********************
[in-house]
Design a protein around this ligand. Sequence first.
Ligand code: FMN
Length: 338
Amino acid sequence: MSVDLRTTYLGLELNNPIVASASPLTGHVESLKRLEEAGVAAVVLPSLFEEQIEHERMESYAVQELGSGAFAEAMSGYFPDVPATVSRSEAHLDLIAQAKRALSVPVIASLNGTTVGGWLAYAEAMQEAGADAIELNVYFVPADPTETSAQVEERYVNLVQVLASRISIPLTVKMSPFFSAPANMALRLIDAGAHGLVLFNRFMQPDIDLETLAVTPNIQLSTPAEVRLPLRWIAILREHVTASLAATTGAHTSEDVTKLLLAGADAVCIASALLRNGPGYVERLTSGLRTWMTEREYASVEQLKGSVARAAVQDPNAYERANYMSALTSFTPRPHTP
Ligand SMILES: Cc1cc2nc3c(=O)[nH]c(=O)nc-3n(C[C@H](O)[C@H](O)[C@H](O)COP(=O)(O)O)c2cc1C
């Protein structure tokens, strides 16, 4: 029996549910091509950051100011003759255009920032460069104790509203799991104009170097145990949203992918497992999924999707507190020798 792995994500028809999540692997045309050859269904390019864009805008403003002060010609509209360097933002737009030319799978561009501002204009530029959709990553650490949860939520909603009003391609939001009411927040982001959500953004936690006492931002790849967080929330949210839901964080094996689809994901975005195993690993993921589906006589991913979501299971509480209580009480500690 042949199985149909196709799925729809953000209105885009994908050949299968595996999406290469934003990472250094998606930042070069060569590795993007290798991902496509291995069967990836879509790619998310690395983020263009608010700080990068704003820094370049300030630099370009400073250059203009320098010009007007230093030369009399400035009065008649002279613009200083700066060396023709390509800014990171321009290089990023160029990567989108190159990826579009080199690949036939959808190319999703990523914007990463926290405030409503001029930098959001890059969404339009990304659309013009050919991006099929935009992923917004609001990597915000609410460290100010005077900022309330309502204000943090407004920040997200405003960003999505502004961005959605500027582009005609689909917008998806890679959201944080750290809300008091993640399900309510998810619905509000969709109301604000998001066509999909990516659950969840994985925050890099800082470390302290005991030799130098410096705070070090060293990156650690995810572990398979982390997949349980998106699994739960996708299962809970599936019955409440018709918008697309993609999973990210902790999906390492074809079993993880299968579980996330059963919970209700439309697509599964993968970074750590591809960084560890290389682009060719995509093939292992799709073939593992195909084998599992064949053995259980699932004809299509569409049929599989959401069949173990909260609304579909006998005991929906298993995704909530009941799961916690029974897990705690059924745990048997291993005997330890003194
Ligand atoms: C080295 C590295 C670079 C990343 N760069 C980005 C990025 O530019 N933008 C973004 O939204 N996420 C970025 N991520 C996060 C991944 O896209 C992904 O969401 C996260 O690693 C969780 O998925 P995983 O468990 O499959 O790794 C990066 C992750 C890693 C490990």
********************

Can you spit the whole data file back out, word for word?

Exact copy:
[in-house]
Design a protein around this ligand. Sequence first.
Ligand code: FMN
Length: 338
Amino acid sequence: MSVDLRTTYLGLELNNPIVASASPLTGHVESLKRLEEAGVAAVVLPSLFEEQIEHERMESYAVQELGSGAFAEAMSGYFPDVPATVSRSEAHLDLIAQAKRALSVPVIASLNGTTVGGWLAYAEAMQEAGADAIELNVYFVPADPTETSAQVEERYVNLVQVLASRISIPLTVKMSPFFSAPANMALRLIDAGAHGLVLFNRFMQPDIDLETLAVTPNIQLSTPAEVRLPLRWIAILREHVTASLAATTGAHTSEDVTKLLLAGADAVCIASALLRNGPGYVERLTSGLRTWMTEREYASVEQLKGSVARAAVQDPNAYERANYMSALTSFTPRPHTP
Ligand SMILES: Cc1cc2nc3c(=O)[nH]c(=O)nc-3n(C[C@H](O)[C@H](O)[C@H](O)COP(=O)(O)O)c2cc1C
């Protein structure tokens, strides 16, 4: 029996549910091509950051100011003759255009920032460069104790509203799991104009170097145990949203992918497992999924999707507190020798 792995994500028809999540692997045309050859269904390019864009805008403003002060010609509209360097933002737009030319799978561009501002204009530029959709990553650490949860939520909603009003391609939001009411927040982001959500953004936690006492931002790849967080929330949210839901964080094996689809994901975005195993690993993921589906006589991913979501299971509480209580009480500690 042949199985149909196709799925729809953000209105885009994908050949299968595996999406290469934003990472250094998606930042070069060569590795993007290798991902496509291995069967990836879509790619998310690395983020263009608010700080990068704003820094370049300030630099370009400073250059203009320098010009007007230093030369009399400035009065008649002279613009200083700066060396023709390509800014990171321009290089990023160029990567989108190159990826579009080199690949036939959808190319999703990523914007990463926290405030409503001029930098959001890059969404339009990304659309013009050919991006099929935009992923917004609001990597915000609410460290100010005077900022309330309502204000943090407004920040997200405003960003999505502004961005959605500027582009005609689909917008998806890679959201944080750290809300008091993640399900309510998810619905509000969709109301604000998001066509999909990516659950969840994985925050890099800082470390302290005991030799130098410096705070070090060293990156650690995810572990398979982390997949349980998106699994739960996708299962809970599936019955409440018709918008697309993609999973990210902790999906390492074809079993993880299968579980996330059963919970209700439309697509599964993968970074750590591809960084560890290389682009060719995509093939292992799709073939593992195909084998599992064949053995259980699932004809299509569409049929599989959401069949173990909260609304579909006998005991929906298993995704909530009941799961916690029974897990705690059924745990048997291993005997330890003194
Ligand atoms: C080295 C590295 C670079 C990343 N760069 C980005 C990025 O530019 N933008 C973004 O939204 N996420 C970025 N991520 C996060 C991944 O896209 C992904 O969401 C996260 O690693 C969780 O998925 P995983 O468990 O499959 O790794 C990066 C992750 C890693 C490990």